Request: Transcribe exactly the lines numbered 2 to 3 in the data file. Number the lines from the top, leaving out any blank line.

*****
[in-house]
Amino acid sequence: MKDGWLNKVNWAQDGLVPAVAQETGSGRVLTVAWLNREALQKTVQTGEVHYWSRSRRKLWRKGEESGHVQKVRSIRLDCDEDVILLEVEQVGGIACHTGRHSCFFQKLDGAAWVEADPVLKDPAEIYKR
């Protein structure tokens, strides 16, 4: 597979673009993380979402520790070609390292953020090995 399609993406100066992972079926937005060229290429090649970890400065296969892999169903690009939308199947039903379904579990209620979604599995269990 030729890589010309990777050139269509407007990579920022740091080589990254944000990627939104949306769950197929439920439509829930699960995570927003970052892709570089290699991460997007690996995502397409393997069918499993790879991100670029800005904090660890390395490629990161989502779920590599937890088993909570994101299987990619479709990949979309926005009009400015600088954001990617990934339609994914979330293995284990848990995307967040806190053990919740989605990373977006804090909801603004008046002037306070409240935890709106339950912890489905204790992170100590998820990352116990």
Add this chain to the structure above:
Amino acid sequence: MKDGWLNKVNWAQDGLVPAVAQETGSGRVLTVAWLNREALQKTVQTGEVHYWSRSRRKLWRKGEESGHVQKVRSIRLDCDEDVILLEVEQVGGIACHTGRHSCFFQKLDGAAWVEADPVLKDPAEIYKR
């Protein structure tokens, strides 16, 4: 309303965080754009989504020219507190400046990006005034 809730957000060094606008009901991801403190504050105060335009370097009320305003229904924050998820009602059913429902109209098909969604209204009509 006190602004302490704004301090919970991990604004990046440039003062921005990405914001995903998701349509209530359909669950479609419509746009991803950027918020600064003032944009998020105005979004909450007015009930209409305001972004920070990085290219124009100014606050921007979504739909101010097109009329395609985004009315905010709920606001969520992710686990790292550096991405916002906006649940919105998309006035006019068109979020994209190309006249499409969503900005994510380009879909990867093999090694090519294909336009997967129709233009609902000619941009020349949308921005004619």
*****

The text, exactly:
Amino acid sequence: MKDGWLNKVNWAQDGLVPAVAQETGSGRVLTVAWLNREALQKTVQTGEVHYWSRSRRKLWRKGEESGHVQKVRSIRLDCDEDVILLEVEQVGGIACHTGRHSCFFQKLDGAAWVEADPVLKDPAEIYKR
């Protein structure tokens, strides 16, 4: 597979673009993380979402520790070609390292953020090995 399609993406100066992972079926937005060229290429090649970890400065296969892999169903690009939308199947039903379904579990209620979604599995269990 030729890589010309990777050139269509407007990579920022740091080589990254944000990627939104949306769950197929439920439509829930699960995570927003970052892709570089290699991460997007690996995502397409393997069918499993790879991100670029800005904090660890390395490629990161989502779920590599937890088993909570994101299987990619479709990949979309926005009009400015600088954001990617990934339609994914979330293995284990848990995307967040806190053990919740989605990373977006804090909801603004008046002037306070409240935890709106339950912890489905204790992170100590998820990352116990």